Sunday, November 6, 2005
I do not intend to defend David Blunkett but it seems that not everybody shares your glowing image of Thomas Dugdale. Of course course you have some explanation to this based on the racial origen of the writer of this article.
Thomas Dugdale [and the Crichel Down Affair]
From Wikipedia, the free encyclopedia.
Sir Thomas Lionel Dugdale, 1st Baron Crathorne, PC (20 July 1897-26 March 1977) was a British Conservative politician. A government minister, he resigned over the Crichel Down Affair, a classic example of the convention of individual ministerial responsibility.
In 1929, Dugdale was elected as Member of Parliament for Richmond, Yorkshire, where he remained until 1959. He served as Parliamentary Private Secretary to several ministers, including Stanley Baldwin, and Deputy Chief Whip. He was later Chairman of the Conservative Party and Chairman of the Party's Agricultural Committee. He was made a baronet in 1945.
When the Conservatives won the 1951 election, Churchill made Dugdale his Minister of Agriculture and Fisheries. Crichel Down was a piece of farmland in Dorset compulsorily bought by the government for defence use. Commander George Martin, son of the original farmer, wanted to buy the land back in the 1950s now that it was no longer used by the MoD. However the Ministry of Agriculture resisted, wanting to use the land for experimental farming in a time of rationing and agricultural development. However, Martin, a former equerry in the Royal Family, had very influential friends and stirred up much trouble in the local Conservative Party and government backbenches. There followed a public inquiry which criticised the department's decision and civil servants, especially their methods. It was seen as an example of an over-powerful state. Finally Dugdale announced that Martin could buy the land back and told the House of Commons he was resigning.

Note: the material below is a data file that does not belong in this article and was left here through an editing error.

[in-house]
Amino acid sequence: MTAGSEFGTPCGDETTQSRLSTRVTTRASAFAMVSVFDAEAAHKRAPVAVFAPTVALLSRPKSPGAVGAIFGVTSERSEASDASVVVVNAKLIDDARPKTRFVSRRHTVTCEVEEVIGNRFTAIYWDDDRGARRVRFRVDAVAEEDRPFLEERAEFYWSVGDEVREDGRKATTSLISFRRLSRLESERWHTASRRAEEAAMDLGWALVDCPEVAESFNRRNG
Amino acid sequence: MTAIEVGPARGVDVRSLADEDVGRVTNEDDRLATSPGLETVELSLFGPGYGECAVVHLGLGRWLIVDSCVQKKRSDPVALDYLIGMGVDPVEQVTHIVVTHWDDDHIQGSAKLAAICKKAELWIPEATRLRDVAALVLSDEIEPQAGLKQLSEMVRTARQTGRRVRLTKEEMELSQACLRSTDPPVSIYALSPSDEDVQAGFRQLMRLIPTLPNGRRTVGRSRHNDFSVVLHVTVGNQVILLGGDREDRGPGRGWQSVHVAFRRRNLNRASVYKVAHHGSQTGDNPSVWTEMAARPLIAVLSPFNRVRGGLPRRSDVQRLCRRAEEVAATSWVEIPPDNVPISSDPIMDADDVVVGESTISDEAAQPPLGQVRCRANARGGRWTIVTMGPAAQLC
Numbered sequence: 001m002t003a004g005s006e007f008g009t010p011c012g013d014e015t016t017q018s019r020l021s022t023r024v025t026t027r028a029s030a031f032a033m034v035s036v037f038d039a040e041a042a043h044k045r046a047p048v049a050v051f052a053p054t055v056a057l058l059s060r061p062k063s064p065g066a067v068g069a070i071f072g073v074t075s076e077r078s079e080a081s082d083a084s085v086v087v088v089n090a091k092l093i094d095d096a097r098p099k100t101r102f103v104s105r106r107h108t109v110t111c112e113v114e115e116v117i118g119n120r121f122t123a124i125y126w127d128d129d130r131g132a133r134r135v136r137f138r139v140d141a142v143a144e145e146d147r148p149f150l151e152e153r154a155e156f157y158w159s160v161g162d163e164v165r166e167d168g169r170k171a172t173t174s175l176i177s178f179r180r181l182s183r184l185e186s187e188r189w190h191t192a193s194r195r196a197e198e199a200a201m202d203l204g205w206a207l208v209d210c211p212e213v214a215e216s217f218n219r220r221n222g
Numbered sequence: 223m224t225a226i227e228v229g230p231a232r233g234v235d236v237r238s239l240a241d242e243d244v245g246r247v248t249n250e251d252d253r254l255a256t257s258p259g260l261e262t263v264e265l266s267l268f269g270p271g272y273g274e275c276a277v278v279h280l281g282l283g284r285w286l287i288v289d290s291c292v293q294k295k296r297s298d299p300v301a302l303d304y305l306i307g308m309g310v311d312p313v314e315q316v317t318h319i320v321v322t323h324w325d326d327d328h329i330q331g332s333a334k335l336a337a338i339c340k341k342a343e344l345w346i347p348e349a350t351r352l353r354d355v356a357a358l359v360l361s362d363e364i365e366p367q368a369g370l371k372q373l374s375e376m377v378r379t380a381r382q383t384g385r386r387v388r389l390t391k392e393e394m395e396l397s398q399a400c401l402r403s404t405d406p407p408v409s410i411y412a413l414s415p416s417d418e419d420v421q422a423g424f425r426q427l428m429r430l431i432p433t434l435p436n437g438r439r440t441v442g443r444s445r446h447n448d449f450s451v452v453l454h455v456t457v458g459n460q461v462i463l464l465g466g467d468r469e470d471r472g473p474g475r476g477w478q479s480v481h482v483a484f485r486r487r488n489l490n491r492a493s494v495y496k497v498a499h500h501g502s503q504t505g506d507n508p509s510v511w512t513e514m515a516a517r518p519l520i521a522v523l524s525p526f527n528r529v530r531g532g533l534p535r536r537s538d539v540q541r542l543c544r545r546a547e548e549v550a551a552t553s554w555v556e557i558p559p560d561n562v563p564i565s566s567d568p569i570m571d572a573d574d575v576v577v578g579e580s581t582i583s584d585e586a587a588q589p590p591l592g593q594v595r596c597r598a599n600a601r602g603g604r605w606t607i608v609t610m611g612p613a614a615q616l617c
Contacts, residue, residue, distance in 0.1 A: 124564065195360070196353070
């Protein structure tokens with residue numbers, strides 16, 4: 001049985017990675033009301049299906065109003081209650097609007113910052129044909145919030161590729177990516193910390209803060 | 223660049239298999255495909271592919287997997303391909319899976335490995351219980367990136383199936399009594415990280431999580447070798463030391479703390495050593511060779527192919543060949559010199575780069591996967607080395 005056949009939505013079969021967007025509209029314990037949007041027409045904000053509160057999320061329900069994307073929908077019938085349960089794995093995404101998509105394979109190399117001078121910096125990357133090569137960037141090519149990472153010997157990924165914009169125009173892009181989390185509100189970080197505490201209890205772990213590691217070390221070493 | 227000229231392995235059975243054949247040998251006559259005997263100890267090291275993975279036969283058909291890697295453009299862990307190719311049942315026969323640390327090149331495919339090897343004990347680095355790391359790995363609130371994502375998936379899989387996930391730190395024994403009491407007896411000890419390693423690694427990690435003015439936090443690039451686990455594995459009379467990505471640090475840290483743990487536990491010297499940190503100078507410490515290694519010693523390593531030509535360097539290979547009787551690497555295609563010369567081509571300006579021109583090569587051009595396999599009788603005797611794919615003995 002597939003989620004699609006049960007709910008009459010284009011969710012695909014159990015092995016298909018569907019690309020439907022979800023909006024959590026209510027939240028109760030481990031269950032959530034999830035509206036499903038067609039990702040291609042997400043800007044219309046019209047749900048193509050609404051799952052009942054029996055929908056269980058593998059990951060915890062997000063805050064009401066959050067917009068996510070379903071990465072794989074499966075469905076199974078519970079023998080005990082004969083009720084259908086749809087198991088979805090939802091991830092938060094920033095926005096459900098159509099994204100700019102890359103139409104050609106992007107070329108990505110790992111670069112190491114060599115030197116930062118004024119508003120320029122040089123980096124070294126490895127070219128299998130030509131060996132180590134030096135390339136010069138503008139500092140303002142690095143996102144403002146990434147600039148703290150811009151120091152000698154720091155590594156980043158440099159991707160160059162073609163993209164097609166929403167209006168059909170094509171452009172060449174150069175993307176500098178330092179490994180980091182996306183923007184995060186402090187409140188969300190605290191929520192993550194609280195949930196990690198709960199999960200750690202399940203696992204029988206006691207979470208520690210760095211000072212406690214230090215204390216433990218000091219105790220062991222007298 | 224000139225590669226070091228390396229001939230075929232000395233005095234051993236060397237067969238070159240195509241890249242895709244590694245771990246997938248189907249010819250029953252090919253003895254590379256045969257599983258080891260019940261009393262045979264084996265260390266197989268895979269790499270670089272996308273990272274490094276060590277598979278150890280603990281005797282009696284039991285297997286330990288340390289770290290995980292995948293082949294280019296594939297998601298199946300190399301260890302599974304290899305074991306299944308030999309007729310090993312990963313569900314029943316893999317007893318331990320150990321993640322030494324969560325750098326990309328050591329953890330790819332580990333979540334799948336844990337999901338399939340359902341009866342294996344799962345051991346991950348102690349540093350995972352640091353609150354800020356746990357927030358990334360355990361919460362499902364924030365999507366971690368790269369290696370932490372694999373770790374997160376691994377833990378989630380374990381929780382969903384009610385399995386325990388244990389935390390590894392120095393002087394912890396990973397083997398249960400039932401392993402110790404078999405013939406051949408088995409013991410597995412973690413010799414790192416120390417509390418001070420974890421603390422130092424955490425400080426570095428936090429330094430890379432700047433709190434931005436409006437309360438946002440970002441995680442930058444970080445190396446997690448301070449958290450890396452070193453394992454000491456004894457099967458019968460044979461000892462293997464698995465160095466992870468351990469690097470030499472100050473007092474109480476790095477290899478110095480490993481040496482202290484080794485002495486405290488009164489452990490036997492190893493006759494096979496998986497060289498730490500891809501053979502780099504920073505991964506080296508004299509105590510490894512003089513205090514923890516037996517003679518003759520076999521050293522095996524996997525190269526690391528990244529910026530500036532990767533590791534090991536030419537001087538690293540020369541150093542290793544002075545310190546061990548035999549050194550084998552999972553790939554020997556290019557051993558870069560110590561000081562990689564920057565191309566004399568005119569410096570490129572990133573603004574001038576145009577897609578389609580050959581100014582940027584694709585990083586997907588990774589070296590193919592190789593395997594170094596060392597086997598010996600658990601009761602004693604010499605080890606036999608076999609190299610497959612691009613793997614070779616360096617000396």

Dugdale's resignation went down in history as an honourable, even heroic, one: a minister taking responsibility for civil servants' actions, which would lead to the perceived code of individual ministerial responsibility. However, in papers released thirty years after the affair, it was found that Dugdale had known and approved of his civil servants' actions and had to an extent passed the buck to them himself. It was also found that the inquiry was inaccurate and biased, led by a former Conservative candidate who was very against civil servants and state interference.
Dugdale's junior minister, Lord Carrington, tried to resign too but was refused. He went on to be Foreign Secretary. Commander Martin got his land but not a Conservative seat, which he had hoped for. Dugdale himself was made 1st Baron Crathorne in 1959 and had a second political career in Europe, building links with parliamentarians in NATO and the Council of Europe. He died aged 79 and was succeeded by his son, Charles.
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